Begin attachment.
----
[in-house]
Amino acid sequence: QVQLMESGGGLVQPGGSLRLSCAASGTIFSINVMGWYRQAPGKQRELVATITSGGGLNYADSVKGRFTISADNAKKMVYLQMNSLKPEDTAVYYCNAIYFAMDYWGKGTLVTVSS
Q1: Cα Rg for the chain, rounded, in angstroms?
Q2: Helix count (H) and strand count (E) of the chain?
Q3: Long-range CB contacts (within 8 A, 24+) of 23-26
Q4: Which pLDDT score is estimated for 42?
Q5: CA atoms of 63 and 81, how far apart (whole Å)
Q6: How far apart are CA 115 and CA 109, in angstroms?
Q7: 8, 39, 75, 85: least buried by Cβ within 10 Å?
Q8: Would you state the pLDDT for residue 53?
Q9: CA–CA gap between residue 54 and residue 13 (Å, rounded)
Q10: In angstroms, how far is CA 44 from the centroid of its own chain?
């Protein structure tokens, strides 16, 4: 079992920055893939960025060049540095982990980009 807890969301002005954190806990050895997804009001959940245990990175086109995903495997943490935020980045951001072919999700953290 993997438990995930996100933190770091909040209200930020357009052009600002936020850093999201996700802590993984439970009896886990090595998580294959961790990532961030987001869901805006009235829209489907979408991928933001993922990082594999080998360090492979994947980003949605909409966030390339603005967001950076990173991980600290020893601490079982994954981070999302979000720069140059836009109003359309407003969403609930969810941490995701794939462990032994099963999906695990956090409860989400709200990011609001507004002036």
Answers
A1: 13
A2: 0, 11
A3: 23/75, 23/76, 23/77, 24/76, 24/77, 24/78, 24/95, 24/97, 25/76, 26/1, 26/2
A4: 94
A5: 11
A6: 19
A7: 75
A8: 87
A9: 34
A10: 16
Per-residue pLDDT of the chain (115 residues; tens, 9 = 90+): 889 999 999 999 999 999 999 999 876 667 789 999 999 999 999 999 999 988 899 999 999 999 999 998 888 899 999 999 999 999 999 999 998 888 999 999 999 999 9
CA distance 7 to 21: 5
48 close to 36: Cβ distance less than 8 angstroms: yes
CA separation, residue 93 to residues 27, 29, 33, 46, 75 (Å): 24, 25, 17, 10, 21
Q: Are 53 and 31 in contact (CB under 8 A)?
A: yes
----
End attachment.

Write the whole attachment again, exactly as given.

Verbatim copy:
[in-house]
Amino acid sequence: QVQLMESGGGLVQPGGSLRLSCAASGTIFSINVMGWYRQAPGKQRELVATITSGGGLNYADSVKGRFTISADNAKKMVYLQMNSLKPEDTAVYYCNAIYFAMDYWGKGTLVTVSS
Q1: Cα Rg for the chain, rounded, in angstroms?
Q2: Helix count (H) and strand count (E) of the chain?
Q3: Long-range CB contacts (within 8 A, 24+) of 23-26
Q4: Which pLDDT score is estimated for 42?
Q5: CA atoms of 63 and 81, how far apart (whole Å)
Q6: How far apart are CA 115 and CA 109, in angstroms?
Q7: 8, 39, 75, 85: least buried by Cβ within 10 Å?
Q8: Would you state the pLDDT for residue 53?
Q9: CA–CA gap between residue 54 and residue 13 (Å, rounded)
Q10: In angstroms, how far is CA 44 from the centroid of its own chain?
């Protein structure tokens, strides 16, 4: 079992920055893939960025060049540095982990980009 807890969301002005954190806990050895997804009001959940245990990175086109995903495997943490935020980045951001072919999700953290 993997438990995930996100933190770091909040209200930020357009052009600002936020850093999201996700802590993984439970009896886990090595998580294959961790990532961030987001869901805006009235829209489907979408991928933001993922990082594999080998360090492979994947980003949605909409966030390339603005967001950076990173991980600290020893601490079982994954981070999302979000720069140059836009109003359309407003969403609930969810941490995701794939462990032994099963999906695990956090409860989400709200990011609001507004002036």
Answers
A1: 13
A2: 0, 11
A3: 23/75, 23/76, 23/77, 24/76, 24/77, 24/78, 24/95, 24/97, 25/76, 26/1, 26/2
A4: 94
A5: 11
A6: 19
A7: 75
A8: 87
A9: 34
A10: 16
Per-residue pLDDT of the chain (115 residues; tens, 9 = 90+): 889 999 999 999 999 999 999 999 876 667 789 999 999 999 999 999 999 988 899 999 999 999 999 998 888 899 999 999 999 999 999 999 998 888 999 999 999 999 9
CA distance 7 to 21: 5
48 close to 36: Cβ distance less than 8 angstroms: yes
CA separation, residue 93 to residues 27, 29, 33, 46, 75 (Å): 24, 25, 17, 10, 21
Q: Are 53 and 31 in contact (CB under 8 A)?
A: yes